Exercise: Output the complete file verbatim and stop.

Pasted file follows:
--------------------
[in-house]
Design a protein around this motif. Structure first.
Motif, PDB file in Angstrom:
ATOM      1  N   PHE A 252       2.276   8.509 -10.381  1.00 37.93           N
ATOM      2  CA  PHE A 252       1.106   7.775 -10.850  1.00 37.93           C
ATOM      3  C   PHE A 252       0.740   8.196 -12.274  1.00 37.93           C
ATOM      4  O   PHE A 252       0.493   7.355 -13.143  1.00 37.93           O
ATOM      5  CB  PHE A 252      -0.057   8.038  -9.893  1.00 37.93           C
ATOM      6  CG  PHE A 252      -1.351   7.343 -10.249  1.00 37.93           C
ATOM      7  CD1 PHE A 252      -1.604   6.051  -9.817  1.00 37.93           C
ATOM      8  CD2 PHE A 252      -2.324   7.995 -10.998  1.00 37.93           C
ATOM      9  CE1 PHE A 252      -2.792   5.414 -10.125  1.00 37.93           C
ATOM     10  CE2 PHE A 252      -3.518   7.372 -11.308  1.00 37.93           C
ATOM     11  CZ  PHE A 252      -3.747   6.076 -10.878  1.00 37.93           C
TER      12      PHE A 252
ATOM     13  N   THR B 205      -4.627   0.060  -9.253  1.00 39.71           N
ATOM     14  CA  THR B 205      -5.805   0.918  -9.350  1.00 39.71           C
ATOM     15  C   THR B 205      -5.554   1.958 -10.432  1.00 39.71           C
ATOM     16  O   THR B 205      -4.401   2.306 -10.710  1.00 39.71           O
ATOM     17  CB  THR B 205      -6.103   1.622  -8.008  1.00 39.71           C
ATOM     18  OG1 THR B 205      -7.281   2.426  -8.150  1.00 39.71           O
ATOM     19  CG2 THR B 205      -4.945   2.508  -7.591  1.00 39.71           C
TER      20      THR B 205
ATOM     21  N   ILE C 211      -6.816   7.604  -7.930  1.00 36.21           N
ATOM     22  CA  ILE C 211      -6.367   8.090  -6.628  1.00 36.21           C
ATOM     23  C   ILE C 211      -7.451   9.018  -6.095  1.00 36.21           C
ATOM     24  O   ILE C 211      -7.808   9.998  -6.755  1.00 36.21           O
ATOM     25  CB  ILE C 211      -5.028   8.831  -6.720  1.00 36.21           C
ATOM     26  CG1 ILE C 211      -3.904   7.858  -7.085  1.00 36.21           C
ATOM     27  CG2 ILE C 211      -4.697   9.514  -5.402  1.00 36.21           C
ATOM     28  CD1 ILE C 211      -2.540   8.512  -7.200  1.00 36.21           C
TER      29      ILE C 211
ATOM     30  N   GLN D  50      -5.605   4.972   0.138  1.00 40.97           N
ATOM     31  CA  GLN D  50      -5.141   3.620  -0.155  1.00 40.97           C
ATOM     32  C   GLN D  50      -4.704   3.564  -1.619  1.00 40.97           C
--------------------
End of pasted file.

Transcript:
[in-house]
Design a protein around this motif. Structure first.
Motif, PDB file in Angstrom:
ATOM      1  N   PHE A 252       2.276   8.509 -10.381  1.00 37.93           N
ATOM      2  CA  PHE A 252       1.106   7.775 -10.850  1.00 37.93           C
ATOM      3  C   PHE A 252       0.740   8.196 -12.274  1.00 37.93           C
ATOM      4  O   PHE A 252       0.493   7.355 -13.143  1.00 37.93           O
ATOM      5  CB  PHE A 252      -0.057   8.038  -9.893  1.00 37.93           C
ATOM      6  CG  PHE A 252      -1.351   7.343 -10.249  1.00 37.93           C
ATOM      7  CD1 PHE A 252      -1.604   6.051  -9.817  1.00 37.93           C
ATOM      8  CD2 PHE A 252      -2.324   7.995 -10.998  1.00 37.93           C
ATOM      9  CE1 PHE A 252      -2.792   5.414 -10.125  1.00 37.93           C
ATOM     10  CE2 PHE A 252      -3.518   7.372 -11.308  1.00 37.93           C
ATOM     11  CZ  PHE A 252      -3.747   6.076 -10.878  1.00 37.93           C
TER      12      PHE A 252
ATOM     13  N   THR B 205      -4.627   0.060  -9.253  1.00 39.71           N
ATOM     14  CA  THR B 205      -5.805   0.918  -9.350  1.00 39.71           C
ATOM     15  C   THR B 205      -5.554   1.958 -10.432  1.00 39.71           C
ATOM     16  O   THR B 205      -4.401   2.306 -10.710  1.00 39.71           O
ATOM     17  CB  THR B 205      -6.103   1.622  -8.008  1.00 39.71           C
ATOM     18  OG1 THR B 205      -7.281   2.426  -8.150  1.00 39.71           O
ATOM     19  CG2 THR B 205      -4.945   2.508  -7.591  1.00 39.71           C
TER      20      THR B 205
ATOM     21  N   ILE C 211      -6.816   7.604  -7.930  1.00 36.21           N
ATOM     22  CA  ILE C 211      -6.367   8.090  -6.628  1.00 36.21           C
ATOM     23  C   ILE C 211      -7.451   9.018  -6.095  1.00 36.21           C
ATOM     24  O   ILE C 211      -7.808   9.998  -6.755  1.00 36.21           O
ATOM     25  CB  ILE C 211      -5.028   8.831  -6.720  1.00 36.21           C
ATOM     26  CG1 ILE C 211      -3.904   7.858  -7.085  1.00 36.21           C
ATOM     27  CG2 ILE C 211      -4.697   9.514  -5.402  1.00 36.21           C
ATOM     28  CD1 ILE C 211      -2.540   8.512  -7.200  1.00 36.21           C
TER      29      ILE C 211
ATOM     30  N   GLN D  50      -5.605   4.972   0.138  1.00 40.97           N
ATOM     31  CA  GLN D  50      -5.141   3.620  -0.155  1.00 40.97           C
ATOM     32  C   GLN D  50      -4.704   3.564  -1.619  1.00 40.97           C